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Motion Sickness

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This picture was taken while packing for Nepal a few weeks back to discuss things-I-wouldn’t-pack-in-America-but-take-everywhere-now. Amongst various random items including sun screen, a flashlight, a candle, and over-the-counter medication is an air sickness bag.

Tips for Motion Sickness | Flats To Lofts

I kind of collect these. Not because I’m trendy or weird, or have any incredibly creative purpose for them, but because I get sick in the most inopportune times! I started getting motion sick in high school and it has never gone away, only worsened over the years. If you’ve never experienced motion sickness, you are uncommonly blessed and chosen. If you have, I feel your pain!

So, here are some tips for dealing with one of mankind’s greatest curses when Dramamine doesn’t work!

1. Pick up a bag the next time you fly and always carry it with you

2. Make sure to eat regularly when traveling. Even if you aren’t hungry, you don’t want an empty stomach.

3. Don’t eat or drink anything too sweet. Act as though you are already sick, even if you aren’t. Crackers and ginger ale go a long way here!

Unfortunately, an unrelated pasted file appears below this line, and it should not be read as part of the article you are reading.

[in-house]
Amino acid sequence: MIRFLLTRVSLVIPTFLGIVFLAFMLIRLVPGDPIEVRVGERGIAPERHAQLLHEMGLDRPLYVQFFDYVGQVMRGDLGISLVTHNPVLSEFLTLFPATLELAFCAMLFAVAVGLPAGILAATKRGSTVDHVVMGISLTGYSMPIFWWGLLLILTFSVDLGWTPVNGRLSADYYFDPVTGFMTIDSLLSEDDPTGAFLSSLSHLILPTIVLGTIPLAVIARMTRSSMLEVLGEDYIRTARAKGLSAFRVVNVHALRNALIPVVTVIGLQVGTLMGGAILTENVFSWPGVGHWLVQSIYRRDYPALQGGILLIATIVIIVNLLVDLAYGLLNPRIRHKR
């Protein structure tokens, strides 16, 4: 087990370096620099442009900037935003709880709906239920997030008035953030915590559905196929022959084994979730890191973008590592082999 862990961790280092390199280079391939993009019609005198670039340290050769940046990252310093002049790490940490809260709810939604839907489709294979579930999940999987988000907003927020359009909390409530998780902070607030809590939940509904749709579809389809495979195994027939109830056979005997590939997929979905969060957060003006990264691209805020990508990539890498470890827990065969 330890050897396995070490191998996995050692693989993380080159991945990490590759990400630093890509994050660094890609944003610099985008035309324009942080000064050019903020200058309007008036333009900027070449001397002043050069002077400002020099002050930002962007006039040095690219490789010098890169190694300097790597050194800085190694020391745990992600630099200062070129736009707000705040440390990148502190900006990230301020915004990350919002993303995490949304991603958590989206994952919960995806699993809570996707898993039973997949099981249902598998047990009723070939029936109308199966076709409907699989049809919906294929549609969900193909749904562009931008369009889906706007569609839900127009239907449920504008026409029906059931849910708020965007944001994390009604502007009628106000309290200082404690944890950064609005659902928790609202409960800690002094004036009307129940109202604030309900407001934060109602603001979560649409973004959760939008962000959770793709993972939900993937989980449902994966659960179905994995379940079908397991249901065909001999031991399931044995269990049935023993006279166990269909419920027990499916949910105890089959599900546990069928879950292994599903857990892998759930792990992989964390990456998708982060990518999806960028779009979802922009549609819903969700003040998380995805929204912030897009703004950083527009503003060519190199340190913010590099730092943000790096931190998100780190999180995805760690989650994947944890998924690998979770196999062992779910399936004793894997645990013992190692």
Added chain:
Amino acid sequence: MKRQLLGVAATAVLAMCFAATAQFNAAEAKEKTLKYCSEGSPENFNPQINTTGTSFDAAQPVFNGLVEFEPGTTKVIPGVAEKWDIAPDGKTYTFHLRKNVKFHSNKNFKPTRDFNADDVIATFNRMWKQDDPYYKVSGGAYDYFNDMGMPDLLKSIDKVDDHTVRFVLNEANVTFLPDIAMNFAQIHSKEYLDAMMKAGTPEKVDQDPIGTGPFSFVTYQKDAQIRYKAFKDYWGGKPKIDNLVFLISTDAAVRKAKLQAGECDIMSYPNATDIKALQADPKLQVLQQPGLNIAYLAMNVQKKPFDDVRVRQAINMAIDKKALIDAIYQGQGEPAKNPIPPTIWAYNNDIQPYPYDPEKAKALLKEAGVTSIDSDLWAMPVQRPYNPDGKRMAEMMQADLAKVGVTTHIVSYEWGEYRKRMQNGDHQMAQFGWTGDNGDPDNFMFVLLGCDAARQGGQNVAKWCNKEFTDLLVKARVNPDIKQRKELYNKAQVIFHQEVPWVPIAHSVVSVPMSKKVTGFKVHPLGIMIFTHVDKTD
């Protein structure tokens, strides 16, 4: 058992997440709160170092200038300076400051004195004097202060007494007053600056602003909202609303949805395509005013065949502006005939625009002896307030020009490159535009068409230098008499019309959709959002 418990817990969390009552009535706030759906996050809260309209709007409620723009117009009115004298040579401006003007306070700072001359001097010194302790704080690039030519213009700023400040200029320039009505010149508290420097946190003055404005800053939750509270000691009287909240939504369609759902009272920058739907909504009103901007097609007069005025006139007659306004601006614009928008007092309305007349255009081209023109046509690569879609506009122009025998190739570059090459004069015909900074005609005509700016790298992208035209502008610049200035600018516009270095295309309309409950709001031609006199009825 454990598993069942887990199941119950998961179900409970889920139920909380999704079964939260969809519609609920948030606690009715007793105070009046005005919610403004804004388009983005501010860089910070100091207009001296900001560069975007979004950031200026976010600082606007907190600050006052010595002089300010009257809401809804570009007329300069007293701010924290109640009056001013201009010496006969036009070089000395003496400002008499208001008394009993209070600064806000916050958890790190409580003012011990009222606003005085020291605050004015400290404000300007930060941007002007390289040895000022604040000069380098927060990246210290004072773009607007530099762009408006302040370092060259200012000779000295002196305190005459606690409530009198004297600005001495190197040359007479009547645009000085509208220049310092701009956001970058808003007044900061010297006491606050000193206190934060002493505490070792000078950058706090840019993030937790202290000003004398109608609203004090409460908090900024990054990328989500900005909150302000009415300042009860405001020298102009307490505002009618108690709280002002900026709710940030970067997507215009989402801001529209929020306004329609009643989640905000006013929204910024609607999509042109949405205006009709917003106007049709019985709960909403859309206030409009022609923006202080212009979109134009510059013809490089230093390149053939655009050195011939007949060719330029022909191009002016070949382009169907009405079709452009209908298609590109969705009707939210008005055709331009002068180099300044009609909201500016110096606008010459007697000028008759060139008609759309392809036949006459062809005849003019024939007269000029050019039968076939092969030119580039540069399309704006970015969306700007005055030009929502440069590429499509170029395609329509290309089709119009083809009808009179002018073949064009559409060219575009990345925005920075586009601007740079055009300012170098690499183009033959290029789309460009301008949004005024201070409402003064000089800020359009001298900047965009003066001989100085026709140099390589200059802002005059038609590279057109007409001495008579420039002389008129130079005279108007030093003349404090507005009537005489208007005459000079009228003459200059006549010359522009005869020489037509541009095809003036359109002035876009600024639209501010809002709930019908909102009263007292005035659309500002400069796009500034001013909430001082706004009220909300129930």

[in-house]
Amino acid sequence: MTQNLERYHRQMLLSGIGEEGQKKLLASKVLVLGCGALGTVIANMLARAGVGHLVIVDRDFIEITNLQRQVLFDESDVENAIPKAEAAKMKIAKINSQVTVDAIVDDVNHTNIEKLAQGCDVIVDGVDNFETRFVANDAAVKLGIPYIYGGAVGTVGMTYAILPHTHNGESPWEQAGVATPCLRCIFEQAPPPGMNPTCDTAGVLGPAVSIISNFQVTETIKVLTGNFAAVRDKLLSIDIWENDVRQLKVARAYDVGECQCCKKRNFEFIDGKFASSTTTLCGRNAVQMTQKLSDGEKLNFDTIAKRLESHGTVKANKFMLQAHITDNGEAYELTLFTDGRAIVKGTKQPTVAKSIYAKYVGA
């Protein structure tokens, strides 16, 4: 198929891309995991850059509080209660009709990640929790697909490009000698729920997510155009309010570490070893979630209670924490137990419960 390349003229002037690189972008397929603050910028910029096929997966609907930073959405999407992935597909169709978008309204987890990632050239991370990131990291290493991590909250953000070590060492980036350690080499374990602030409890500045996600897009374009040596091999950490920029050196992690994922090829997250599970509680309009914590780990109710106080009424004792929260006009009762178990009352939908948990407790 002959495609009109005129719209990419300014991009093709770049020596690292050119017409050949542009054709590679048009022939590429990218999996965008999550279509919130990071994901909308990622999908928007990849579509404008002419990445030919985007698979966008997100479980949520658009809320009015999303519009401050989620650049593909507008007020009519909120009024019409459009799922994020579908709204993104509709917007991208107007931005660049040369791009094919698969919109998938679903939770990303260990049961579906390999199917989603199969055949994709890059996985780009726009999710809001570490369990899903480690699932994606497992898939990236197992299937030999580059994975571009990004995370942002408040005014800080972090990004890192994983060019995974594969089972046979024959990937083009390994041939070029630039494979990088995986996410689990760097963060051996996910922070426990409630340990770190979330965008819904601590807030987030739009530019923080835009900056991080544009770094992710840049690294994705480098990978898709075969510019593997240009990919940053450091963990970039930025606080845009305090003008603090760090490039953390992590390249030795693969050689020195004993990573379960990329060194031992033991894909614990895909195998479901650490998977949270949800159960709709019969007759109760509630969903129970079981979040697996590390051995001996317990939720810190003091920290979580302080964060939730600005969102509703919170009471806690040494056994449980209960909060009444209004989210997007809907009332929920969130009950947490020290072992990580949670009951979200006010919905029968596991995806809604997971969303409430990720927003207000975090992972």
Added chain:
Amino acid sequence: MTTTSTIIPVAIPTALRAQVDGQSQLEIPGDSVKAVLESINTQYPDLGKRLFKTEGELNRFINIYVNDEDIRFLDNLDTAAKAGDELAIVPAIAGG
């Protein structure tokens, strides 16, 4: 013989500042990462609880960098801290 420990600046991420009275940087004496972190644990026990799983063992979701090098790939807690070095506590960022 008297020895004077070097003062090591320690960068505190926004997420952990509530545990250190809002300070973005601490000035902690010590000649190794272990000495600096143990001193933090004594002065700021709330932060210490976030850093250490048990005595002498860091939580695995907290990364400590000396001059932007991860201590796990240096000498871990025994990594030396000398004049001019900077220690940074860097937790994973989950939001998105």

4. Don’t get over heated.

5. When flying, during take off and landing or turbulence, try to get your head as flat as possible. Rest it on your hand or the shoulder of the person next to you. It has something to do with your equilibrium, but if you can get your head flat it has a surprising effect on your stomach.

6. Vicks – I carry a tiny little jar of Vicks with me everywhere we go. Apply a little to your nose like you would when you have a serious head cold. It doesn’t last long, but the strong smell can take the edge off of motion sickness. I use it primarily during take off and landing, and when in a car.

7. Medication – most medication has little effect on my motion sickness. I’ve tried the pressure point bands, prescription drugs, ginger tablets, sucking on a whole clove, and most other things that well-wishers who have never been motion sick, or think they have but haven’t, suggest. The one thing that does seem to work is a rather intense and expensive patch call Transderm. It is strong and surprisingly effective. It does often give me the feeling of having a bad cold, but that is only if I wear the patch for more than 2 days, and goes away as soon as I take the patch off. If you haven’t found any other medication to help and you are planning a road trip through uncharted territories or with a really rough driver, it could be worth talking to your doctor about.

Hopefully you have never experienced motion sickness and don’t have the horrendous stories that I can share from 18 hour bus rides through the mountains of China to the potted plants outside of London Heathrow. But if you do, hopefully these tips will help you feel a little better about your next trip. If you have any others, I’d love to hear them as travel is a huge part of life right now and sickness is never far behind!


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